NAVY NEWS

NEWS FROM EWC: Navy Improving Mine Warfare Capabilities to Counter Russia, China

10/23/2019
By Connie Lee

Photo: iStock

ANNAPOLIS, Md. — The Navy must improve its mine warfare capabilities as it faces an era of great power competition, said one top Navy mine official Oct. 22. 

China and Russia are the “world’s most advanced and prolific miners,” with Iran and North Korea not far behind, said Sam Taylor, mine warfare senior leader at the Navy’s program executive office for unmanned and small combatants.

These adversaries have large quantities of advanced mines that "absolutely have the ability to impact what we want to do,” he said at the National Defense Industrial Association’s annual Expeditionary Warfare Conference in Annapolis, Maryland. “It's critical that we get after it and stay after it."

To do so, Taylor’s office has resurrected the mine warfare readiness effectiveness measurement program, or MIREM. That will be used to test new tactics, techniques and procedures as well as kits to develop mine warfare doctrine, he noted. 

For example, this year the Navy tested kits and systems such as the airborne laser mine detection system and airborne mine neutralization system with partners in the Baltics. The service employed 15 unmanned underwater vehicles and 70 divers, which found 16 World War II remnant mines in German territorial waters while prepping for amphibious assault. 

“It just goes to show you the threat is real, it's out there,” he said. 

Additionally, the Navy has a stock of aging legacy systems that include mine countermeasure ships and MH-53 helicopters, he noted. To replace them, the service wants to turn its attention to integrating new unmanned mine-clearing systems into its fleet, he noted. 

“These things are beyond their service life, beyond what the Navy has paid for them to do,” Taylor said. “They are all on a path to sundown, no later than ‘25 all of these legacy assets … will be gone.”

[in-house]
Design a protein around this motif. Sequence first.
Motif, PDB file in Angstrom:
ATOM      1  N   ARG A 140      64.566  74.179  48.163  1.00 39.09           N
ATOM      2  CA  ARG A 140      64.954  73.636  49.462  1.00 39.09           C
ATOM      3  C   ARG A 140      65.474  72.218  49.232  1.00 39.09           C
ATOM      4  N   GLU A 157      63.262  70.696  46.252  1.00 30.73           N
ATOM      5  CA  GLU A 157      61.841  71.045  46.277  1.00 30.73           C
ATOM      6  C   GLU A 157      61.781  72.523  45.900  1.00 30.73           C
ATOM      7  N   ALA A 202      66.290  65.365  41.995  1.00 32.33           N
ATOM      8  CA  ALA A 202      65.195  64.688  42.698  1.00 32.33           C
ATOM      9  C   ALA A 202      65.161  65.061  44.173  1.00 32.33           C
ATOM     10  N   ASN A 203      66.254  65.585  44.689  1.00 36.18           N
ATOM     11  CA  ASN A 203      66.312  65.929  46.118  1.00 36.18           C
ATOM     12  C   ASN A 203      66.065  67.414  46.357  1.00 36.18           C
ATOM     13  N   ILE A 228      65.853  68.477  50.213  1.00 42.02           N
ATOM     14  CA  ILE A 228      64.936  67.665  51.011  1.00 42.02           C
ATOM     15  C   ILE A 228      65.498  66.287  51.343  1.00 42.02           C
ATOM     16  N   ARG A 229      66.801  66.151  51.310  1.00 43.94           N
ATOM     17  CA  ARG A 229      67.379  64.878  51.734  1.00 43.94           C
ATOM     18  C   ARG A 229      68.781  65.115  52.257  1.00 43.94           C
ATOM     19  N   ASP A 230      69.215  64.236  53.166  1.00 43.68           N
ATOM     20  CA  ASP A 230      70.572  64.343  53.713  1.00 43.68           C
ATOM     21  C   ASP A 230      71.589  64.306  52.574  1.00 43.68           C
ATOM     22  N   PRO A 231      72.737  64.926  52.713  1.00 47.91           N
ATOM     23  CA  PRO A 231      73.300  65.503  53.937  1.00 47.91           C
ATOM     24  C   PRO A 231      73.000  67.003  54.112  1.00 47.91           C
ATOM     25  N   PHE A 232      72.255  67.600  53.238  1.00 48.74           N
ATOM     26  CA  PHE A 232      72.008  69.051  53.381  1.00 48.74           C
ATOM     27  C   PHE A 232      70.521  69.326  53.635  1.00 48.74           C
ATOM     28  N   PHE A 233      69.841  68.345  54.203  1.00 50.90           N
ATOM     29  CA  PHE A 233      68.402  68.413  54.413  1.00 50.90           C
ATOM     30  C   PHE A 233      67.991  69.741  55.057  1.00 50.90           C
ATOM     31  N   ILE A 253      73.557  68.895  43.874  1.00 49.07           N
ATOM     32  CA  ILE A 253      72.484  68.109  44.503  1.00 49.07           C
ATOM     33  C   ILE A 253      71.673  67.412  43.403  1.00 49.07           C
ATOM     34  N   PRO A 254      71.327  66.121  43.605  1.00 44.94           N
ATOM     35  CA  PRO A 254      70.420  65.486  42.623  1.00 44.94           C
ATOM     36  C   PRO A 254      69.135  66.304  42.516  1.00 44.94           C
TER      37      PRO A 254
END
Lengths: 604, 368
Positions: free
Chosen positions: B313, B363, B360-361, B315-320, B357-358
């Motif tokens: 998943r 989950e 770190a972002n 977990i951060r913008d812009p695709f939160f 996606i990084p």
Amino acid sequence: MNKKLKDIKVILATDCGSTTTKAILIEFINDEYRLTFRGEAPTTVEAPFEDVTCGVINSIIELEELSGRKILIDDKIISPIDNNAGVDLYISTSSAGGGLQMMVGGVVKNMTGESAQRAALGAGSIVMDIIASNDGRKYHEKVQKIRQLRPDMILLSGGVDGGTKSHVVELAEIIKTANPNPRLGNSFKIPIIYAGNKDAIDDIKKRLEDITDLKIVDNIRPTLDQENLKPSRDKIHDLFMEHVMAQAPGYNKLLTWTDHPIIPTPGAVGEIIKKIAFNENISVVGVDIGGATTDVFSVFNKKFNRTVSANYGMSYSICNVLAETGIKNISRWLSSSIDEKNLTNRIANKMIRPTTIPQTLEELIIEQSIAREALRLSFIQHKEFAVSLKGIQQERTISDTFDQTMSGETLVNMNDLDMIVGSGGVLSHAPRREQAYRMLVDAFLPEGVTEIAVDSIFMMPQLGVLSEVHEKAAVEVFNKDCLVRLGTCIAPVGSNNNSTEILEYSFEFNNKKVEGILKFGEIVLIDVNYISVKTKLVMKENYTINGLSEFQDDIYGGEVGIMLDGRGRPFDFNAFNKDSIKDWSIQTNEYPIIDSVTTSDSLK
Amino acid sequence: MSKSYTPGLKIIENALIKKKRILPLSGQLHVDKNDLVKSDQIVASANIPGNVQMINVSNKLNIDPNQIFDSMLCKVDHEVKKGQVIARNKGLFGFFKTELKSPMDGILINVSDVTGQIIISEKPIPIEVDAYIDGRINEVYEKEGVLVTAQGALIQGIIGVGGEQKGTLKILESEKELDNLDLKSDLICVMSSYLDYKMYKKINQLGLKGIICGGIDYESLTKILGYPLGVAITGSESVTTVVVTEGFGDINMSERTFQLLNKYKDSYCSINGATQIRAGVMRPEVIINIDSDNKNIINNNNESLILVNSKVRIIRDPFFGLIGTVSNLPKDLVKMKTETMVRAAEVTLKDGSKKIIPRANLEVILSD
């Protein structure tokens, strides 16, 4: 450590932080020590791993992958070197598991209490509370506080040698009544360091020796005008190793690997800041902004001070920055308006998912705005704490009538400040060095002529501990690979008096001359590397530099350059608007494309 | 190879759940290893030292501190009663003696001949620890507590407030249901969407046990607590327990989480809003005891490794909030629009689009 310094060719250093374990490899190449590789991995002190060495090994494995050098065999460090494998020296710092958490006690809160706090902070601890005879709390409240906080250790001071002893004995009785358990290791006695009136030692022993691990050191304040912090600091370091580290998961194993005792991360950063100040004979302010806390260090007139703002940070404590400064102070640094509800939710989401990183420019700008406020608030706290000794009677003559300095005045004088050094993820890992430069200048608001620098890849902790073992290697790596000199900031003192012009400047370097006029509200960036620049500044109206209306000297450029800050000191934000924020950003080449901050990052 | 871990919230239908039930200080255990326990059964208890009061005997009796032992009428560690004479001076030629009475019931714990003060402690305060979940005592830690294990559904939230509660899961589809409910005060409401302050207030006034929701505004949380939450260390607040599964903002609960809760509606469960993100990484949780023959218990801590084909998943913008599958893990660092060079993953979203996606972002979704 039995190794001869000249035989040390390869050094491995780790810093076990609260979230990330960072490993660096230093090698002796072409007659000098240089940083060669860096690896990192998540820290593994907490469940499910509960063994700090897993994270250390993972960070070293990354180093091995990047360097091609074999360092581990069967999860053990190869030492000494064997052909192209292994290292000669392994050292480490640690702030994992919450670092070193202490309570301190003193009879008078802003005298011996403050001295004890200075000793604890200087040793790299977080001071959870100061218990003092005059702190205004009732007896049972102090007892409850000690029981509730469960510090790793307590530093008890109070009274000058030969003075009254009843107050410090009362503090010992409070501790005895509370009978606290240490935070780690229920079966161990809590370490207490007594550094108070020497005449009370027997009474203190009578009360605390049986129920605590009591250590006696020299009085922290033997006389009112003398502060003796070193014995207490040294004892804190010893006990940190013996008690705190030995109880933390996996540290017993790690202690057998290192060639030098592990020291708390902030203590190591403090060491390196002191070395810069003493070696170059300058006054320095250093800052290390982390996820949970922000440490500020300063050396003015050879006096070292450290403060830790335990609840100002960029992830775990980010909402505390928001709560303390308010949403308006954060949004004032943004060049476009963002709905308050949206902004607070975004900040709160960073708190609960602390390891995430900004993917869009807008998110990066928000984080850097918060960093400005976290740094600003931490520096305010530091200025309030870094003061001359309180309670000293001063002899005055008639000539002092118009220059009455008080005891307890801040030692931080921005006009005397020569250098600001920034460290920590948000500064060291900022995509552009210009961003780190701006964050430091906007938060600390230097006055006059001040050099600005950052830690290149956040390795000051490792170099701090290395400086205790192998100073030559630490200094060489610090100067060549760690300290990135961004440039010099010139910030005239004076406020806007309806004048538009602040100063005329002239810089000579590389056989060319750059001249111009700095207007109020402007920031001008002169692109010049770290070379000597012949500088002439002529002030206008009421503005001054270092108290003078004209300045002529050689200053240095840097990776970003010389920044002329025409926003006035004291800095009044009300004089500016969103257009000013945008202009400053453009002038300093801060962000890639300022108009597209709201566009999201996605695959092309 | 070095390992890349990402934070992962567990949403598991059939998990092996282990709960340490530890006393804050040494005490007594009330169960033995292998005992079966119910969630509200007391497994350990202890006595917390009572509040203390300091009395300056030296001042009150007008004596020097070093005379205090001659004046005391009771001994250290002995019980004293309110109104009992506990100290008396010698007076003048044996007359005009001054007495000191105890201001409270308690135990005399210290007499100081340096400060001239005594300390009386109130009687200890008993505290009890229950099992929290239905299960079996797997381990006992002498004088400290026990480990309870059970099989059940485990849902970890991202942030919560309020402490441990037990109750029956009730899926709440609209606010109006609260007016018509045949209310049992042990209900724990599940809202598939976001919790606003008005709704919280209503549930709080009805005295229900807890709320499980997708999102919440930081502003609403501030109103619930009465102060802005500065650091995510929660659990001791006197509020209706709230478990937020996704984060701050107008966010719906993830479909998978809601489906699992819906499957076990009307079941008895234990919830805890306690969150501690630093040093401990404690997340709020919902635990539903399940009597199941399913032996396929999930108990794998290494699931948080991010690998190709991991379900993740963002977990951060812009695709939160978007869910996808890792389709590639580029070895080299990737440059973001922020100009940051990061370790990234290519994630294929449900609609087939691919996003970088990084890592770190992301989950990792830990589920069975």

One upcoming effort includes the mine countermeasure mission package for the littoral combat ship. The service plans to have 15 vessels dedicated to mine countermeasure missions, with nine on the West Coast and six on the East Coast, he said. All will have a mine countermeasure mission package. 

“It is modular. It is something that could be removed and put on another vessel,” he said. “But the Navy has made the decision to dedicate those to an LCS hull.” 

The service has a total of 24 mine countermeasure mission package purchases accounted for in the future years defense program and is in the process of deciding where the additional packages will go, he noted. The Navy has tested out the MCMs on ships such as the USNS Hershel "Woody" Williams. 

It can “fit on any vessel that had the size to take it on and the ability to ... power it,” Taylor said. “The Navy is in the middle of testing these other vessels of opportunity and [determining] what are the things we need to learn, the [tactics, techniques and procedures] we need to develop, the things we need to have ready before we were to embark it on another ship.” 

Moving forward, Taylor said he wants industry to focus on technologies such as over-the-horizon communications systems and automated target recognition. 

Ultimately, the service wants a UUV that can prowl under the water searching for mines, determine if it has found one through the employment of an onboard artificial intelligence system, verify it on spot and then neutralize it, he said.

“That's the coin of the realm,” he said. “That's ultimately where we're going.” 

 

Topics: Navy News, Undersea Warfare

Comments (1)

Re: NEWS FROM EWC: Navy Improving Mine Warfare Capabilities to Counter Russia, China

CIMSEC just published articles on this Anti-Mine topic that one could read. Obviously, the best, easiest, and fastest way to de-mine would be to drop massive bombs or carpet bomb the mined waters where the pressure shockwave and explosions would hopefully detonate all the mines. Doing so, of course, would anger the environmentalists, politicians, and lawyers over the indiscriminate killing of all sea life in the area. I don't believe that drones, swarms, and USVs are the all-catching proper answers for de-mining operations as these require manpower and cranes to raise and lower, not to mention divers to affix explosives to detected mines. The process is slow, tedious, cold, wet, dangerous, and labor-intensive in contested environments. I hope to read of some good solutions on CIMSEC.

Cenebar at 11:22 AM
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